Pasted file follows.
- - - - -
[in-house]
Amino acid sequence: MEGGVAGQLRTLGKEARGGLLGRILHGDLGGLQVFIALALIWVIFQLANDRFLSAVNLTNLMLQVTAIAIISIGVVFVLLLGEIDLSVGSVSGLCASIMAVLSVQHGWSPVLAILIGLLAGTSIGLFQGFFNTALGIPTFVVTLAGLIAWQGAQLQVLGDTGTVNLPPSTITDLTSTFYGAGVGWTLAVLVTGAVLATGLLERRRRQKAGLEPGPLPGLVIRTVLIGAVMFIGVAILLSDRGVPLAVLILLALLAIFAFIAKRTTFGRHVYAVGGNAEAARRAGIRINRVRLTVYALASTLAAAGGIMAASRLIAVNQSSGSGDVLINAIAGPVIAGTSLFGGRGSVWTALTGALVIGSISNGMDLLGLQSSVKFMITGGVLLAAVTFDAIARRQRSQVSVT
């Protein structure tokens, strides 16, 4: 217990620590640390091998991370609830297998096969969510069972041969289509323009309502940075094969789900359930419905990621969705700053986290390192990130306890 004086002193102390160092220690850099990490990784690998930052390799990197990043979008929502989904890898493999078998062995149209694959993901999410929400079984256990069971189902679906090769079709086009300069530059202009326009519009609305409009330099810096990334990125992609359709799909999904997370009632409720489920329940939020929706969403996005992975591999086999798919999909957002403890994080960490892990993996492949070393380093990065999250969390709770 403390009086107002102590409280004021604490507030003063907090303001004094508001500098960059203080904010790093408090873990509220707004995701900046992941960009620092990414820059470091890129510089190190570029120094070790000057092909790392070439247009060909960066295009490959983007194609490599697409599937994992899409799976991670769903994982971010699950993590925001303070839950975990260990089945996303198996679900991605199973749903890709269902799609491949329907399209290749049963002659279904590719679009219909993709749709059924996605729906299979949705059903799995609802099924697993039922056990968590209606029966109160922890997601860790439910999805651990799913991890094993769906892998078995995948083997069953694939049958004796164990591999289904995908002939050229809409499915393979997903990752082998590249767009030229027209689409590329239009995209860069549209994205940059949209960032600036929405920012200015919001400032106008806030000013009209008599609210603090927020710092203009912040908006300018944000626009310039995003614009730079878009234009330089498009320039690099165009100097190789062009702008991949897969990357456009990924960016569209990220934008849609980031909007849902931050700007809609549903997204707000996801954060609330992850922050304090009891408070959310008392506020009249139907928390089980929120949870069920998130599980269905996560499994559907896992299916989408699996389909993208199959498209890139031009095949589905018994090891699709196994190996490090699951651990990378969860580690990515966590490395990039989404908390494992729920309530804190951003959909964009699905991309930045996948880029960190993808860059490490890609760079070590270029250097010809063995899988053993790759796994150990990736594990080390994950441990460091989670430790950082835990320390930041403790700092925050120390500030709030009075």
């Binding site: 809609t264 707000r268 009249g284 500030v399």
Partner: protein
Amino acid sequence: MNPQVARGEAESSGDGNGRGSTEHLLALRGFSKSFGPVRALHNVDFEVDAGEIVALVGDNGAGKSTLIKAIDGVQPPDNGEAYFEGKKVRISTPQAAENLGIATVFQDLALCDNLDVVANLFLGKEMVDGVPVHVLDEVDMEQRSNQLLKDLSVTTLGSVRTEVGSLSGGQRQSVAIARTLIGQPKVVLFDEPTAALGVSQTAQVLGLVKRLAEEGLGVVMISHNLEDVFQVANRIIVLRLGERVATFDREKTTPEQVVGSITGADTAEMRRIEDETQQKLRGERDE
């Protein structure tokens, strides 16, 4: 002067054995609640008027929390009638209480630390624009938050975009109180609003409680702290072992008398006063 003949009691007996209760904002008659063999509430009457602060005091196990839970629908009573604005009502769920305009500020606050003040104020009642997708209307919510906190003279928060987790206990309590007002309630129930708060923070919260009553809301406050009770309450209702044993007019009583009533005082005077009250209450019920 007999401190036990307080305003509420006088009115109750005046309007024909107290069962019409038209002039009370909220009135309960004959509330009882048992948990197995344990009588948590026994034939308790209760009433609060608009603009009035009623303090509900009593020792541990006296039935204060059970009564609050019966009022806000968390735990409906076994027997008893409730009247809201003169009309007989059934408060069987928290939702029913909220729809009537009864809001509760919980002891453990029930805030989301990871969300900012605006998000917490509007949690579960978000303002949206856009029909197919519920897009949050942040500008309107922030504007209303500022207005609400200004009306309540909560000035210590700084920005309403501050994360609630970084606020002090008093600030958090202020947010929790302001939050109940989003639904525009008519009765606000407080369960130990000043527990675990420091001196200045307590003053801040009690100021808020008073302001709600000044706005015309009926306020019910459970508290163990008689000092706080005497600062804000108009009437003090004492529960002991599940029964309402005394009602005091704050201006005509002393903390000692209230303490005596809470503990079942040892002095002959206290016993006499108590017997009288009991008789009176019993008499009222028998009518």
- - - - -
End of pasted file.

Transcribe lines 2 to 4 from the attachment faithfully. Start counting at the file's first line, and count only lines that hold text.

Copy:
Amino acid sequence: MEGGVAGQLRTLGKEARGGLLGRILHGDLGGLQVFIALALIWVIFQLANDRFLSAVNLTNLMLQVTAIAIISIGVVFVLLLGEIDLSVGSVSGLCASIMAVLSVQHGWSPVLAILIGLLAGTSIGLFQGFFNTALGIPTFVVTLAGLIAWQGAQLQVLGDTGTVNLPPSTITDLTSTFYGAGVGWTLAVLVTGAVLATGLLERRRRQKAGLEPGPLPGLVIRTVLIGAVMFIGVAILLSDRGVPLAVLILLALLAIFAFIAKRTTFGRHVYAVGGNAEAARRAGIRINRVRLTVYALASTLAAAGGIMAASRLIAVNQSSGSGDVLINAIAGPVIAGTSLFGGRGSVWTALTGALVIGSISNGMDLLGLQSSVKFMITGGVLLAAVTFDAIARRQRSQVSVT
């Protein structure tokens, strides 16, 4: 217990620590640390091998991370609830297998096969969510069972041969289509323009309502940075094969789900359930419905990621969705700053986290390192990130306890 004086002193102390160092220690850099990490990784690998930052390799990197990043979008929502989904890898493999078998062995149209694959993901999410929400079984256990069971189902679906090769079709086009300069530059202009326009519009609305409009330099810096990334990125992609359709799909999904997370009632409720489920329940939020929706969403996005992975591999086999798919999909957002403890994080960490892990993996492949070393380093990065999250969390709770 403390009086107002102590409280004021604490507030003063907090303001004094508001500098960059203080904010790093408090873990509220707004995701900046992941960009620092990414820059470091890129510089190190570029120094070790000057092909790392070439247009060909960066295009490959983007194609490599697409599937994992899409799976991670769903994982971010699950993590925001303070839950975990260990089945996303198996679900991605199973749903890709269902799609491949329907399209290749049963002659279904590719679009219909993709749709059924996605729906299979949705059903799995609802099924697993039922056990968590209606029966109160922890997601860790439910999805651990799913991890094993769906892998078995995948083997069953694939049958004796164990591999289904995908002939050229809409499915393979997903990752082998590249767009030229027209689409590329239009995209860069549209994205940059949209960032600036929405920012200015919001400032106008806030000013009209008599609210603090927020710092203009912040908006300018944000626009310039995003614009730079878009234009330089498009320039690099165009100097190789062009702008991949897969990357456009990924960016569209990220934008849609980031909007849902931050700007809609549903997204707000996801954060609330992850922050304090009891408070959310008392506020009249139907928390089980929120949870069920998130599980269905996560499994559907896992299916989408699996389909993208199959498209890139031009095949589905018994090891699709196994190996490090699951651990990378969860580690990515966590490395990039989404908390494992729920309530804190951003959909964009699905991309930045996948880029960190993808860059490490890609760079070590270029250097010809063995899988053993790759796994150990990736594990080390994950441990460091989670430790950082835990320390930041403790700092925050120390500030709030009075």
């Binding site: 809609t264 707000r268 009249g284 500030v399």